An excerpt from "Dungeon Guards" and memories

As many of you will have heard by now, there has been a mass shooting in Annapolis, Maryland, at the Capital newspaper.

Where I once applied for a job.

A few years ago, I was in a restroom in the Community Center in Greenbelt, Maryland. I've been using that restroom since I was eight years old, back when the building was an elementary school. The recent architects took out the child-sized toilet fixtures, but they made very few other changes to the building, which was built by the federal government during the New Deal. The architects kept the child-sized coat closets in the classrooms.

As I was leaving the restroom, I noticed a plastic container next to the door, holding a plastic-covered page. Figuring the page was about the historic nature of the building, I picked it up.

It was instructions for where to hide in the event of an active shooter.

With my thoughts tonight on that long-ago eight-year-old who would have hid in the child-sized coat closet, and the alternate-history me who was hired to be a copy editor at the Capital Gazette - not to mention the actual folks who were attacked in Annapolis - here is an excerpt from the rough draft of the beginning of an upcoming Dungeon Guards story. I was in the midst of writing it on June 12, 2016; some of you will recognize the significance of that date.

Trigger warning for violence.


The breaking-cell corridor was chaos. Men dashed to and fro - not merely guards but also Seekers, who were famed among the world's prison-workers for their calm under crisis. Some of the guards, especially quick-witted, were ushering Seekers into breaking cells and locking them in. Other guards dashed in the direction of the gunfire that was continuing in the hallway that held the Seekers' cells. Barrett Boyd took a swift glance around the breaking-cell corridor, but no Seekers stood within reach . . . and in any case, it was far more important that he seek safety for the man running at his heels. Barrett jerked open the door of the closest breaking cell.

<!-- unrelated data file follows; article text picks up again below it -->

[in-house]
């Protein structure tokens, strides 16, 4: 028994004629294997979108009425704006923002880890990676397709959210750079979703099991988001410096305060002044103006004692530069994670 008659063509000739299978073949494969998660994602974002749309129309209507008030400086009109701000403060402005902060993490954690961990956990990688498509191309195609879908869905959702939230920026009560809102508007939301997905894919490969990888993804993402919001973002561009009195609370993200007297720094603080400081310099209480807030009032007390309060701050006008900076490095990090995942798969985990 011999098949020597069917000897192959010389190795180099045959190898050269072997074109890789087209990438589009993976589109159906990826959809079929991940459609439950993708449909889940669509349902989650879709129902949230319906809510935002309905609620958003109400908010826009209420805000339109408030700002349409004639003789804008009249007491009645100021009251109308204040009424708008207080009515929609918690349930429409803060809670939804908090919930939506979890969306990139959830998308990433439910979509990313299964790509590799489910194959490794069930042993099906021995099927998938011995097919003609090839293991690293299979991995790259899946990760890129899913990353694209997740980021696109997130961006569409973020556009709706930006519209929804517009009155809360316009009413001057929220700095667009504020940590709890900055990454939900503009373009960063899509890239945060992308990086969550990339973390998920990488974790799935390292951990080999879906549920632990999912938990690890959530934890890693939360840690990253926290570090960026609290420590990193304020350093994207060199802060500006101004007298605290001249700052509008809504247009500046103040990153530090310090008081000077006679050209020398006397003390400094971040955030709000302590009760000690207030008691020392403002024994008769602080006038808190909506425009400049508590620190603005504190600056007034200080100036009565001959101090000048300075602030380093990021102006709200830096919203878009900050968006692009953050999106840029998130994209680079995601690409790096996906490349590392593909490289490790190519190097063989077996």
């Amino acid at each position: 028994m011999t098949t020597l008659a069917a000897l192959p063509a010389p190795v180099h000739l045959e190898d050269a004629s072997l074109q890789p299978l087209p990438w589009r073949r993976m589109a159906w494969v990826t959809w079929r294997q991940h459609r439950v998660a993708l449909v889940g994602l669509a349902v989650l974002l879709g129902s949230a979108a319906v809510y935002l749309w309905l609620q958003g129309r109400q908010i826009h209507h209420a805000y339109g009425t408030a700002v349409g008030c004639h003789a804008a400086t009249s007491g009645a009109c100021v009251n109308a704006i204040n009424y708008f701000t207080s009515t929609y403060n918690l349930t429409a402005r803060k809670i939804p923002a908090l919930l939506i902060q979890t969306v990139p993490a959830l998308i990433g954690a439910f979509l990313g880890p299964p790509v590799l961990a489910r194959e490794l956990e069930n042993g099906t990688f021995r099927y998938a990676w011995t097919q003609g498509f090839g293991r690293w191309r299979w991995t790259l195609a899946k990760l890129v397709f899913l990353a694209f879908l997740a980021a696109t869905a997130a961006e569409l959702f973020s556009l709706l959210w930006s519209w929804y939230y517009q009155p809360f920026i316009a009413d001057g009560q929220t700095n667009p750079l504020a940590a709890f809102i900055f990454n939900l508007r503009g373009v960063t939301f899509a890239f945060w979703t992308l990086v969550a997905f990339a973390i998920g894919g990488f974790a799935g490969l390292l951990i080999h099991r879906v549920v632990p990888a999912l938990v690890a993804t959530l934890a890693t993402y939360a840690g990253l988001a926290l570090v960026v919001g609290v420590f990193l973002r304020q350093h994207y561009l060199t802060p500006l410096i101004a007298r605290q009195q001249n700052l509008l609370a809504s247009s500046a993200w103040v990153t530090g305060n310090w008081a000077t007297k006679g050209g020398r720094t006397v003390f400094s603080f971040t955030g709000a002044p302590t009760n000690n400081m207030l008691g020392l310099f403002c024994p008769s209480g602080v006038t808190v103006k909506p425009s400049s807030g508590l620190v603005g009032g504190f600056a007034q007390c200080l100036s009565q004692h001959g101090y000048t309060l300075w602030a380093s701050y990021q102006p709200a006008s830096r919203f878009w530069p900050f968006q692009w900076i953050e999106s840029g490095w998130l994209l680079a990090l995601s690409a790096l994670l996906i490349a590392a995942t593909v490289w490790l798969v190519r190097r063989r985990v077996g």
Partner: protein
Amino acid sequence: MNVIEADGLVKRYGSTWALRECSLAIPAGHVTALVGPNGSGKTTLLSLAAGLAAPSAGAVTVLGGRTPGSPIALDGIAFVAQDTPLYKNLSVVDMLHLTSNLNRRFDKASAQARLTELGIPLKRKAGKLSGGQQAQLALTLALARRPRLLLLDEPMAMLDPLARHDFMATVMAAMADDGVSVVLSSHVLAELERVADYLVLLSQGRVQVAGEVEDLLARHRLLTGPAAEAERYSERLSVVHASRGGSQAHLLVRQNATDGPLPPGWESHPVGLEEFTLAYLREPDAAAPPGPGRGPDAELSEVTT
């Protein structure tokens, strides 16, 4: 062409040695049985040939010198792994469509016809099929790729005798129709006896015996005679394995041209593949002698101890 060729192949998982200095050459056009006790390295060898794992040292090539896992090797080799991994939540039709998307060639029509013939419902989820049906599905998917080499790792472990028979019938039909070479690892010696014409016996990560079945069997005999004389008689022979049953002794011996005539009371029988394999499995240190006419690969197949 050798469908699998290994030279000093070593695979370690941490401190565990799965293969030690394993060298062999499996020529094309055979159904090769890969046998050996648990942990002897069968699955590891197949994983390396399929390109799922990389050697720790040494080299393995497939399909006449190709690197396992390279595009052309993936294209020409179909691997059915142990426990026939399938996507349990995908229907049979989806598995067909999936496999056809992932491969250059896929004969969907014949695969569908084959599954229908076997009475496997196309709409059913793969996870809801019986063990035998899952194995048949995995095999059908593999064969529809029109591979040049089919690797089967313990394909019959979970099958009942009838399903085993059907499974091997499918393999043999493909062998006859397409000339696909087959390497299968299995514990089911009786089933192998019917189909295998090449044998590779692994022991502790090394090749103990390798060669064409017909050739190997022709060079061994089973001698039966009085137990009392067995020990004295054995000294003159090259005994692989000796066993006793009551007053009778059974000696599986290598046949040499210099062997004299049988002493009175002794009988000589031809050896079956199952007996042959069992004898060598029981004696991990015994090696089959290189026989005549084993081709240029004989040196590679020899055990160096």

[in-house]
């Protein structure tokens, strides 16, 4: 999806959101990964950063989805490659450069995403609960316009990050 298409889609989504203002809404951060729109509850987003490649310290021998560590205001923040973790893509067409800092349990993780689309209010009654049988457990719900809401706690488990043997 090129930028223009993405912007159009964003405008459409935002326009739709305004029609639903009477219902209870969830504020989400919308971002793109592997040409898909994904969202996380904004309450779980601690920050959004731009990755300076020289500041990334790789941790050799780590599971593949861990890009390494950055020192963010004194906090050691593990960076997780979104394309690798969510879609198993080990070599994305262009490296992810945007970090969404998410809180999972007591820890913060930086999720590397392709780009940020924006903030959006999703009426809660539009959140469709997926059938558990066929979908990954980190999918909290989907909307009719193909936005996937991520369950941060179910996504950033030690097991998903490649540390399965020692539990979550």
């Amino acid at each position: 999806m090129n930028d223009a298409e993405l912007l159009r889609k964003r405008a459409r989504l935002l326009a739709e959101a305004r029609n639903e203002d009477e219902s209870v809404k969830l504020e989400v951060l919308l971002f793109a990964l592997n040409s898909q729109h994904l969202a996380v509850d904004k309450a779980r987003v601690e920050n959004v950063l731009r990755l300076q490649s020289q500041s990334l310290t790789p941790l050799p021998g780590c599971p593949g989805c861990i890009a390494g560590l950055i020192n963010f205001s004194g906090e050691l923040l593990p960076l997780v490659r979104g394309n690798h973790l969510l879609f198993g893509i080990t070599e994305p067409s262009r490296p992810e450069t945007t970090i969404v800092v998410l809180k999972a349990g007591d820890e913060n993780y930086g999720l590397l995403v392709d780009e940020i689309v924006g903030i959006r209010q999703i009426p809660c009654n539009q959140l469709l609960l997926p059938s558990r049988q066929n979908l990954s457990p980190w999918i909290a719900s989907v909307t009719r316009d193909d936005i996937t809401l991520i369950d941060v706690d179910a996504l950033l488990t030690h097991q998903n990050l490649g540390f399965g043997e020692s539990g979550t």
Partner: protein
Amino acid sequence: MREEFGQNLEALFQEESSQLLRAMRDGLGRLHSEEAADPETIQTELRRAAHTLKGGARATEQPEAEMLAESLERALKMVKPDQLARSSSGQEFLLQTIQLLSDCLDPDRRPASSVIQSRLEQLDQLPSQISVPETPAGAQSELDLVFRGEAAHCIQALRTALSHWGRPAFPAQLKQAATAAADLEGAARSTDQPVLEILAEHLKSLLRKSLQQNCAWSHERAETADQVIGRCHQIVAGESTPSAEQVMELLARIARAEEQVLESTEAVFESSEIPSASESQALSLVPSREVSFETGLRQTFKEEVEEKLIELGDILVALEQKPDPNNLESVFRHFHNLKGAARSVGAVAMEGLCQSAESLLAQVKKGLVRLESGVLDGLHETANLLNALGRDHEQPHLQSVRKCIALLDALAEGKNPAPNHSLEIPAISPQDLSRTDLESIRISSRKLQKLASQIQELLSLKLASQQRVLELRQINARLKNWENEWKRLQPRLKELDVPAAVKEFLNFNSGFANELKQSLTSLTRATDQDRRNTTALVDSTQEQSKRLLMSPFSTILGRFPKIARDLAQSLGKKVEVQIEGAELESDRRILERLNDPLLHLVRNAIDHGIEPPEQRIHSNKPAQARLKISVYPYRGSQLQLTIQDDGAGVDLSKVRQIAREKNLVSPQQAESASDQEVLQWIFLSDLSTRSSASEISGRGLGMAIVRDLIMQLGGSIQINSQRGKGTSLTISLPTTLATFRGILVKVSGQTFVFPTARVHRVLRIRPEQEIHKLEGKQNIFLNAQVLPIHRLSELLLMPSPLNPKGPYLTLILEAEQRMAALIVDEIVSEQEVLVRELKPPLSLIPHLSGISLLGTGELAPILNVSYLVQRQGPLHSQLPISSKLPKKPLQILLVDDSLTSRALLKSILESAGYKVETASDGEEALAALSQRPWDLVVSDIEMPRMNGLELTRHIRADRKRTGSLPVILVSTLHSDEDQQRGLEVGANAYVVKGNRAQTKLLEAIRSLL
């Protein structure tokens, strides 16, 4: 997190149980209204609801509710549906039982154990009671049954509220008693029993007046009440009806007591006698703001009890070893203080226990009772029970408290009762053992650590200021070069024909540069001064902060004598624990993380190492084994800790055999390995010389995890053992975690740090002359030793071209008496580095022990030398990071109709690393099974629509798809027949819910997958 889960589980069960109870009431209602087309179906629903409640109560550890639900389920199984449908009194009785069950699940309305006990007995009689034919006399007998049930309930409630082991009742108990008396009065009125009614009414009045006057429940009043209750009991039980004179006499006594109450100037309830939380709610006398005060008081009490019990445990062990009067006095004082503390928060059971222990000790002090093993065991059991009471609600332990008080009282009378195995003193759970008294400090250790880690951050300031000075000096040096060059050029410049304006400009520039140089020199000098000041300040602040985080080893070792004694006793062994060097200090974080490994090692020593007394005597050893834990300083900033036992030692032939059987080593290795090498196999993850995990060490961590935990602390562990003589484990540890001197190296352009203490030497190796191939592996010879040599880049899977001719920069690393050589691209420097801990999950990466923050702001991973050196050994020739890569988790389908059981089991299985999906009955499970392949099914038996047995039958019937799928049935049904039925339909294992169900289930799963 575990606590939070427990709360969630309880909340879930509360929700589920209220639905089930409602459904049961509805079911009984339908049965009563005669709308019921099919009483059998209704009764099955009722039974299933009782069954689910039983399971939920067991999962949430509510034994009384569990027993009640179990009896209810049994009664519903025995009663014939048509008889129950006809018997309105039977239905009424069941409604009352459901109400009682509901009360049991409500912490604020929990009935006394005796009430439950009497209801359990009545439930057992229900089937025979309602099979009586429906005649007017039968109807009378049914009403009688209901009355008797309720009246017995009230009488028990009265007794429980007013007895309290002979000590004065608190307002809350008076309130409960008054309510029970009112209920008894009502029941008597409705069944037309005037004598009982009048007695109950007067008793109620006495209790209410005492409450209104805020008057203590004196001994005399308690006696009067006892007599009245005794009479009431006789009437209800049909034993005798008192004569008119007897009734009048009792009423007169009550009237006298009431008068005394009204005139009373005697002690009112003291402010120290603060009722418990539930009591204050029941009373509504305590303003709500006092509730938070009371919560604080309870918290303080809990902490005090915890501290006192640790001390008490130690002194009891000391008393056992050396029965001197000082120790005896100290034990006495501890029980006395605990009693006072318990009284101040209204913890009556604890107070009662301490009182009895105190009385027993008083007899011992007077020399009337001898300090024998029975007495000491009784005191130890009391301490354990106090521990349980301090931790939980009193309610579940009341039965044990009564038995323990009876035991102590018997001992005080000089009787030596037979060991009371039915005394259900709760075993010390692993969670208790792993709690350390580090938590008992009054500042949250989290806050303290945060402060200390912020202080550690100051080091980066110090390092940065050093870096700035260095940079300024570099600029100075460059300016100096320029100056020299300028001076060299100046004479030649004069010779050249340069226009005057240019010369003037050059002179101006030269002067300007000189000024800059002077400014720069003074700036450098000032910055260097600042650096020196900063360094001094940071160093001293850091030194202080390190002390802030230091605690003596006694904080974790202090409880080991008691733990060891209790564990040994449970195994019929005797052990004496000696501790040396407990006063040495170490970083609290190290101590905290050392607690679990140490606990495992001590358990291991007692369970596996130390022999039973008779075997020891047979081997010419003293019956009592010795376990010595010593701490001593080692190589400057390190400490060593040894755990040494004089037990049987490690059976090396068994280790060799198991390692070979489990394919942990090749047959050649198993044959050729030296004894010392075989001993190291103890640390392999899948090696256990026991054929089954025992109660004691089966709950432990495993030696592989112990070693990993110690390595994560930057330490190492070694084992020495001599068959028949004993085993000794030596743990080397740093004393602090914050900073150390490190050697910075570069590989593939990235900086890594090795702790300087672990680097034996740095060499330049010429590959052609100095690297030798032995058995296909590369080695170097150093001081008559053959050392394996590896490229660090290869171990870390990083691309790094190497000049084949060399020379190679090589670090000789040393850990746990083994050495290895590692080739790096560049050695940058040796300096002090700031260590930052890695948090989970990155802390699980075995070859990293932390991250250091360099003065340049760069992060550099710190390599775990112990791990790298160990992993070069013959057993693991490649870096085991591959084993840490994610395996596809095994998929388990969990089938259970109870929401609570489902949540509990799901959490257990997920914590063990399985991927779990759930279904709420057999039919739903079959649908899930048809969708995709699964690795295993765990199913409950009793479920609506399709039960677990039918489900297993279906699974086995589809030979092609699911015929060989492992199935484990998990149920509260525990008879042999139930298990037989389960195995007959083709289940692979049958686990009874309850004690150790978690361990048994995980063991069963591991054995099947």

The cell was filled with blood.

Much of it lay in a pool near the door. It glistened under the electric lamp-light that had replaced the light from the old coal-furnace. Or so Barrett had been told; he had no memory of that transition, only an occasional, far-off image of flickering flames behind the glass blocks at the ends of the breaking cells. The light in this breaking cell seemed stark by comparison. It fell upon the blood, red and moist, and upon the prisoner who lay facedown upon it, the top of his head blown off.

There was more blood on the wall - too far away to come from the prisoner. Barrett wondered whether it belonged to a guard or to a Seeker.

"This way!" Clifford Crofford had made no attempt to follow Barrett into the breaking cell. He had already reached the crossroads of the inner dungeon, where the breaking-cell corridor met the narrow cross-passage leading to the outer dungeon . . . and before that, to the hallway where the Seekers' living cells continued to endure gunfire.